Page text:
Under the U.S. Clean Air Act, the EPA has authority to conduct compliance audit testing of stoves
A page from a 2017 Belgian list
of stoves whose sale was banned
after audit testing was performed.

and revoke a certification if the particulate matter exceeds the original lab test by 50% or more.  That provision is under litigation by HPBA and other stakeholders agree that if the PM is below 1 gram per hour, 50% is too strict given the variability of solid fuel testing.  European countries have similar compliance laws, and Belgium has begun to conduct audit testing and cracking down on stoves that it believes may have exaggerated test numbers.  They issued a seven-page document, "List of devices tested in the laboratory" (pdf) that banned the sale of nine mostly Spanish Panadero stoves in Belgium based on discrepancies in PM or CO between the certification lab and the audit lab.  

Panadero is a family run, mass market value stove manufacturer that like many other companies
The Panadero website shows the eco-
labels that some of its stoves carry.
claims to have met the 2022 standards for all its stove in 2018.  In addition, some Panadero stoves carry the French Flamme Vert and British HETAS and other eco-labels.  They apparently do not qualify for the Nordic Swan or Blue Angel.  Most of the stoves found to have a large PM and/or CO variation in 2017 Belgian audit compliance tests appear to be out of production as of 2019. One that is still in production, the Luis, does not claim to meet any European eco-labels.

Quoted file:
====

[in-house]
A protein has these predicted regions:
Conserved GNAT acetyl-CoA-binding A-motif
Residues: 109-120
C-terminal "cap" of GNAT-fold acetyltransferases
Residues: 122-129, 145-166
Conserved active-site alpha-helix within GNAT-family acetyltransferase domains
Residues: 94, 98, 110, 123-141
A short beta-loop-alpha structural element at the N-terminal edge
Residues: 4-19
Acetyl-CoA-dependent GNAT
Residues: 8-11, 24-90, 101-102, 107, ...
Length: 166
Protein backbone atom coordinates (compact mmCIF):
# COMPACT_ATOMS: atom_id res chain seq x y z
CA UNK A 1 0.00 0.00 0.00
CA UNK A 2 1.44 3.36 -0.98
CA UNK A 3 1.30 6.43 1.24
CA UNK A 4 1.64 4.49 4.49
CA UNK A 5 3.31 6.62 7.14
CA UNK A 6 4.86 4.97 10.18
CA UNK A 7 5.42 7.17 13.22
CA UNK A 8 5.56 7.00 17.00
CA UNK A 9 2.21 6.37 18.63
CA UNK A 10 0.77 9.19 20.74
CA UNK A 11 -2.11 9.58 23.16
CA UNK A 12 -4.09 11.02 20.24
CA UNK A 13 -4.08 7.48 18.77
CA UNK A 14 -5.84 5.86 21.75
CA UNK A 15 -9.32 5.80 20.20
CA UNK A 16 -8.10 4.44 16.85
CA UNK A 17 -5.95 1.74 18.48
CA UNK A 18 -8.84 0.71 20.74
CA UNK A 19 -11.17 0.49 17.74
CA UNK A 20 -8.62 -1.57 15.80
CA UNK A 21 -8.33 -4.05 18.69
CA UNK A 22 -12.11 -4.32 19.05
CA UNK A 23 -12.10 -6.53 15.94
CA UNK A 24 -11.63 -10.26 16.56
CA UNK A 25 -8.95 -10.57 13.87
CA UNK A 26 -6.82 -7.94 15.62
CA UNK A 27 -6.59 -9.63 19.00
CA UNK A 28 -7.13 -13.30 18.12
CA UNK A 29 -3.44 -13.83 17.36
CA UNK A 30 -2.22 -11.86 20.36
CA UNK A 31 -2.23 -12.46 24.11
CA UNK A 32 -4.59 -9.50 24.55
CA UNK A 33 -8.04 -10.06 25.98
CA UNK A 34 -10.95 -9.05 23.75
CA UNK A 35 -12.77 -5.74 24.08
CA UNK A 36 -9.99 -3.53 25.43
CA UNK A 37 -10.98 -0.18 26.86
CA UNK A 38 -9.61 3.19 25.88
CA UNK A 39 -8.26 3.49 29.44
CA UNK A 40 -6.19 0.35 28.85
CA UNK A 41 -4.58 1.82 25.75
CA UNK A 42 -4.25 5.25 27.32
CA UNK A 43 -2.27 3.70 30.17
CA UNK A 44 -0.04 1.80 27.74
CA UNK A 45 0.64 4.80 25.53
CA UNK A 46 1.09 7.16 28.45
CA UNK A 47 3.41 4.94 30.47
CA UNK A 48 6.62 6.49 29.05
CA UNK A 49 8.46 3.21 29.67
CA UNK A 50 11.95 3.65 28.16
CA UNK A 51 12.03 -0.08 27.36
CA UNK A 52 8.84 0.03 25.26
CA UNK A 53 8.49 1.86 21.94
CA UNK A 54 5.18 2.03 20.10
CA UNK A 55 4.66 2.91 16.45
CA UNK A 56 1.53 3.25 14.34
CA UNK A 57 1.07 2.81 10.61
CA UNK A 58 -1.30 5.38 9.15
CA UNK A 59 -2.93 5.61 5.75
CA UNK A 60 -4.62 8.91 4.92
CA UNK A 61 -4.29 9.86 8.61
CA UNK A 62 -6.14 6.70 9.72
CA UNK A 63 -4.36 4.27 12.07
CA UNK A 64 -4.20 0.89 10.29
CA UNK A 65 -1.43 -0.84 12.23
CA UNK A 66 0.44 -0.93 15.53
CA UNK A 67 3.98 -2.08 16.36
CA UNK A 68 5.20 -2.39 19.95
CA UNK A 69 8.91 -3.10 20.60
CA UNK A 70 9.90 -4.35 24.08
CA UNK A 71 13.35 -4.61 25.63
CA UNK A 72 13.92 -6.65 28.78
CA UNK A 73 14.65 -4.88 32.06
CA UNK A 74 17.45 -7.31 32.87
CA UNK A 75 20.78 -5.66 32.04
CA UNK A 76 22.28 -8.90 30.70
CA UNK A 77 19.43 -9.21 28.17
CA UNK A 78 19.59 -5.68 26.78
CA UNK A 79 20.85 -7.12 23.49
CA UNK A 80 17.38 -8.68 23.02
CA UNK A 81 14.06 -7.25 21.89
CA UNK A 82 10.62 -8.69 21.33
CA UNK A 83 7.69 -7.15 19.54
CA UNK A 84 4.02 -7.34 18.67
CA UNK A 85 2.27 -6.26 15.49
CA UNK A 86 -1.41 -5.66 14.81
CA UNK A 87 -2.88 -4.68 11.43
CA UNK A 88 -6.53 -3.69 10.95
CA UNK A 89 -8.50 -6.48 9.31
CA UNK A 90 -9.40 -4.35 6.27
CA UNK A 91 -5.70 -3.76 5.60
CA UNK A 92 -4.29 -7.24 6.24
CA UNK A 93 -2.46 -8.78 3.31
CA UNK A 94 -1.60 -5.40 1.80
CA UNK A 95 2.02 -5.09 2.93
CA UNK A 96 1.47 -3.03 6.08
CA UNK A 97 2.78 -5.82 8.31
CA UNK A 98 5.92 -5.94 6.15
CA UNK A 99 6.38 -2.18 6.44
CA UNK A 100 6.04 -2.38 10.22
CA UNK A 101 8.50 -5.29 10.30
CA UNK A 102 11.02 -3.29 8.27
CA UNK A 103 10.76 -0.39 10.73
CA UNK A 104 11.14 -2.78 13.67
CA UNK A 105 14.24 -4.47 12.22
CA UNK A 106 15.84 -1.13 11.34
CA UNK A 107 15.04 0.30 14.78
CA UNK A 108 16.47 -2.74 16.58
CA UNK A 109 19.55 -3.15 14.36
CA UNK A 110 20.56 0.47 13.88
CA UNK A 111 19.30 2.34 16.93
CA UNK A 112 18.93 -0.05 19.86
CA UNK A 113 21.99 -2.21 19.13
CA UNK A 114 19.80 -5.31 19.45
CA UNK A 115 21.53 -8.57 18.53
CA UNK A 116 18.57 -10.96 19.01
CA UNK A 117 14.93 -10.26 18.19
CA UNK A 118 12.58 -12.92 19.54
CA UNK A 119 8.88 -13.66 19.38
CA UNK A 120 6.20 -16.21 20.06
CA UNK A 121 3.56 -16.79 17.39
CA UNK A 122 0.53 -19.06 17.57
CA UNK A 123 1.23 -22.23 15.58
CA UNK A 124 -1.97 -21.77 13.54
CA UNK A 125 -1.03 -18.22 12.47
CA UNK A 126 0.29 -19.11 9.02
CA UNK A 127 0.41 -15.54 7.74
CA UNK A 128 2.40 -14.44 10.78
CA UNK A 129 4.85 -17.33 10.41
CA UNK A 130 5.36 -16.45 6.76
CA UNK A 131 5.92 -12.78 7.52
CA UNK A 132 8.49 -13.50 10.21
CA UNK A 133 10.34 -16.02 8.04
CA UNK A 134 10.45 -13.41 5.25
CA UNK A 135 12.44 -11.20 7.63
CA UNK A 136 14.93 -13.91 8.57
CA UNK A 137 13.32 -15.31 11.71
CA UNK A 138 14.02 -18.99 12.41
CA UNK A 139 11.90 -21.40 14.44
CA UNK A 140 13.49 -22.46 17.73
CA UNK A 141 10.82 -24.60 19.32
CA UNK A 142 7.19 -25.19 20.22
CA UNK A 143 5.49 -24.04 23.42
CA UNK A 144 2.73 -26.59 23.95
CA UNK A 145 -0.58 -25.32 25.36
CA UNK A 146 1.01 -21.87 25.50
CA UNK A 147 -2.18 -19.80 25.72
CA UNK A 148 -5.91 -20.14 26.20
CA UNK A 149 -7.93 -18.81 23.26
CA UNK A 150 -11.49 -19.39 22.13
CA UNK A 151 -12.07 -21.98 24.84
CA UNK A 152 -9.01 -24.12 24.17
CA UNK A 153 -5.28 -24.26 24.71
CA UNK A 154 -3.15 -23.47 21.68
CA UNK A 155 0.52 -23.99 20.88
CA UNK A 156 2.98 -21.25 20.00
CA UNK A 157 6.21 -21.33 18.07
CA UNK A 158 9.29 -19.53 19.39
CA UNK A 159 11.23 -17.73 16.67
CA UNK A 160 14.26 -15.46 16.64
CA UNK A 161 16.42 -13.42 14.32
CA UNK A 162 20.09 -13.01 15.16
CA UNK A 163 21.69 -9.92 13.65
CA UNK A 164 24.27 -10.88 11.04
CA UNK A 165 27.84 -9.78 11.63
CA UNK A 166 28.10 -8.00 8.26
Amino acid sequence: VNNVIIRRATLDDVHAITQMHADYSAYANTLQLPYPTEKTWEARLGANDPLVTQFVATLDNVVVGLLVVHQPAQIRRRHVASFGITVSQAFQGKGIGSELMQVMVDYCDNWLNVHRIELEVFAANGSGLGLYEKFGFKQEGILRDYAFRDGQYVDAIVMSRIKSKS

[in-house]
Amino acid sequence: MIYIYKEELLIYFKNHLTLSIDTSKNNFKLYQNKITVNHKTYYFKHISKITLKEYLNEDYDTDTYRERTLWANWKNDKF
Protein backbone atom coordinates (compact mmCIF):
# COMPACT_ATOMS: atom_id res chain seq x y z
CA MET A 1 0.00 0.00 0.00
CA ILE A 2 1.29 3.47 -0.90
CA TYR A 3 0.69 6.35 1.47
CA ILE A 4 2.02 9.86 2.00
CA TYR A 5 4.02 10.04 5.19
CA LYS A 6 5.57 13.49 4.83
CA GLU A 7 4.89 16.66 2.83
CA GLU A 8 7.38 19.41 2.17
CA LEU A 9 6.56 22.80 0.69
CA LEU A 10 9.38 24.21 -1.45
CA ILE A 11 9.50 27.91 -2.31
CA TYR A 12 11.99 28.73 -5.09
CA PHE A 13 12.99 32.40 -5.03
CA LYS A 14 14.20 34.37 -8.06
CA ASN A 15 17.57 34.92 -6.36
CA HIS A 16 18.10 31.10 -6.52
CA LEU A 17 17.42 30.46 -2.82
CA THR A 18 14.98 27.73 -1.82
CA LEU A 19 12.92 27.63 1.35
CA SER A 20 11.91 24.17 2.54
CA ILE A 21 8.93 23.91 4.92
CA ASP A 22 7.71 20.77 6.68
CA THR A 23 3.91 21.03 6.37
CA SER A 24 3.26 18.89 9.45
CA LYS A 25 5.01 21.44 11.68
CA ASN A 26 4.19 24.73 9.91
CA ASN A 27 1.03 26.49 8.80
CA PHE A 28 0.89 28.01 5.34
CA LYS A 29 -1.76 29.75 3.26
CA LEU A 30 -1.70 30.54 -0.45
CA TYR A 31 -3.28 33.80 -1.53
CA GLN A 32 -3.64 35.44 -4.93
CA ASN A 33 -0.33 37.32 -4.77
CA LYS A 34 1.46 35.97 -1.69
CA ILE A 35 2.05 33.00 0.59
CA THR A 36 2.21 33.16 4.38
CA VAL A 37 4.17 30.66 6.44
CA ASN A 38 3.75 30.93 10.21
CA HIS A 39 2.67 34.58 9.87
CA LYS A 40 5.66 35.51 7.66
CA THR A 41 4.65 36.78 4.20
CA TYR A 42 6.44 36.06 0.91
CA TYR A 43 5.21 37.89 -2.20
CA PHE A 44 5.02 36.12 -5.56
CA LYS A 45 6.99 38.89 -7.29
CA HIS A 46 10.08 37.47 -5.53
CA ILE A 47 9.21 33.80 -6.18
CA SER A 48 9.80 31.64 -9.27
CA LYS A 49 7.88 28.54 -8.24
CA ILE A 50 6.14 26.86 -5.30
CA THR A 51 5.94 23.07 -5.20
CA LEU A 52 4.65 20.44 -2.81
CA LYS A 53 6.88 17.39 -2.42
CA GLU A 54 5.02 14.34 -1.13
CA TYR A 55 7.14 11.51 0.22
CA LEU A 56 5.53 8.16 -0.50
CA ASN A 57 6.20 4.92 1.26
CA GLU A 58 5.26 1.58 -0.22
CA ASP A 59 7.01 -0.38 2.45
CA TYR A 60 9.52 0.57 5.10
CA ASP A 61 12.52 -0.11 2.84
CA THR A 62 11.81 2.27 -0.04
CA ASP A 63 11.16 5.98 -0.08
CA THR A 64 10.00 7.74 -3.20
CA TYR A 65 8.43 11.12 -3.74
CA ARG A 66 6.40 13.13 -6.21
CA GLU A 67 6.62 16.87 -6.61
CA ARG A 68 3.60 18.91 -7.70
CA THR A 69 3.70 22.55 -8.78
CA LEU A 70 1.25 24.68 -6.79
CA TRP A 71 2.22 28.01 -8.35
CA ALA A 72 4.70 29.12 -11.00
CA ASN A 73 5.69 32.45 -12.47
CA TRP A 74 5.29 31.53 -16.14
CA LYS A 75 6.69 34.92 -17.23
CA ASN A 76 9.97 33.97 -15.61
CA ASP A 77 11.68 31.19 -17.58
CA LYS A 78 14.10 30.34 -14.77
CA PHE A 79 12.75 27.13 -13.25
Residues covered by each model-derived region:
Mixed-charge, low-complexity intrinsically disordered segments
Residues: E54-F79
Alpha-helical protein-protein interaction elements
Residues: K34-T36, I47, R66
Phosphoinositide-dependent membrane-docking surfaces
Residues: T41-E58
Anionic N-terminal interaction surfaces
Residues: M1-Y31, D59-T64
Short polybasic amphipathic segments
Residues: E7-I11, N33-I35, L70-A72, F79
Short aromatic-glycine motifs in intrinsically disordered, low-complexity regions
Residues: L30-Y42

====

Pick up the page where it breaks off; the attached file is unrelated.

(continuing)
Can Danish stoves gain traction in the US market?

Vertical, stylish European stoves led by Danish companies have been slow to catch on in the US market. But the entry of Danish value stove makers could change that. They already make more horizontal style stoves with larger fireboxes for the British and other markets. Danes could have a real advantage with sensor-equipped stoves that have sensors that take some or all of the “idiot factor” away from the operator. If tests can better show the value of these stoves, then it will be up to federal, state and local jurisdictions to find ways to help pave the way for them to proliferate. The recent funding opportunity from the US DOE is clearly looking for R&D in automation, and that may be a tipping point for automated stoves. Danish companies are not eligible for that, but they are well-positioned to benefit from any trend in that direction. 

European stoves may also be a beneficiary if the trade war between the US and China escalates.  
Many Danish export stoves are
more horizontal and have larger fireboxes
for Eastern European and British markets
Tariffs on steel and parts such as fans could impact American manufacturers far more than European ones, which could benefit Italian pellet stove manufacturers, for example.  

Regardless of their share of the US market, Danish stoves represent an enduring aesthetic. They are also expanding into Eastern Europe, where some of them are manufactured, and where cleaner, more efficient stoves are needed far more than North America and Western Europe. It is difficult to know how regulations, innovation and energy demands will impact wood stoves, but Danish stove makers are likely to be on the forefront of those changes.